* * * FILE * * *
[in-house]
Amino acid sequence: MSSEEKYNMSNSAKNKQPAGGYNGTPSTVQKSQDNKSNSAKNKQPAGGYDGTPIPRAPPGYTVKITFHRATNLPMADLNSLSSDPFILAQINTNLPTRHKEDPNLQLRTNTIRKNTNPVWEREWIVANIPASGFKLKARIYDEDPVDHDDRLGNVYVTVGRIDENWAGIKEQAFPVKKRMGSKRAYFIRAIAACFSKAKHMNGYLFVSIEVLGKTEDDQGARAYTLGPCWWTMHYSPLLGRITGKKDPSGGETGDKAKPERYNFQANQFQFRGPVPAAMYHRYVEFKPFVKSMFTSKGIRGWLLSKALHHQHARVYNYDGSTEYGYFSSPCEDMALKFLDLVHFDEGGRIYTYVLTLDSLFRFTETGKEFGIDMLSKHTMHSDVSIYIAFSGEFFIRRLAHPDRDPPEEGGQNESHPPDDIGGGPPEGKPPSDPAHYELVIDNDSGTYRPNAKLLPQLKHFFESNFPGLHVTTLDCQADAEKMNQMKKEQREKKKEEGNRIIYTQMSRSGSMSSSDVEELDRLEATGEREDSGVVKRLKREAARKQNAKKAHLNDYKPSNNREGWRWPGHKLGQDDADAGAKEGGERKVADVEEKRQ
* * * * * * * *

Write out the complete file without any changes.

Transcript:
[in-house]
Amino acid sequence: MSSEEKYNMSNSAKNKQPAGGYNGTPSTVQKSQDNKSNSAKNKQPAGGYDGTPIPRAPPGYTVKITFHRATNLPMADLNSLSSDPFILAQINTNLPTRHKEDPNLQLRTNTIRKNTNPVWEREWIVANIPASGFKLKARIYDEDPVDHDDRLGNVYVTVGRIDENWAGIKEQAFPVKKRMGSKRAYFIRAIAACFSKAKHMNGYLFVSIEVLGKTEDDQGARAYTLGPCWWTMHYSPLLGRITGKKDPSGGETGDKAKPERYNFQANQFQFRGPVPAAMYHRYVEFKPFVKSMFTSKGIRGWLLSKALHHQHARVYNYDGSTEYGYFSSPCEDMALKFLDLVHFDEGGRIYTYVLTLDSLFRFTETGKEFGIDMLSKHTMHSDVSIYIAFSGEFFIRRLAHPDRDPPEEGGQNESHPPDDIGGGPPEGKPPSDPAHYELVIDNDSGTYRPNAKLLPQLKHFFESNFPGLHVTTLDCQADAEKMNQMKKEQREKKKEEGNRIIYTQMSRSGSMSSSDVEELDRLEATGEREDSGVVKRLKREAARKQNAKKAHLNDYKPSNNREGWRWPGHKLGQDDADAGAKEGGERKVADVEEKRQ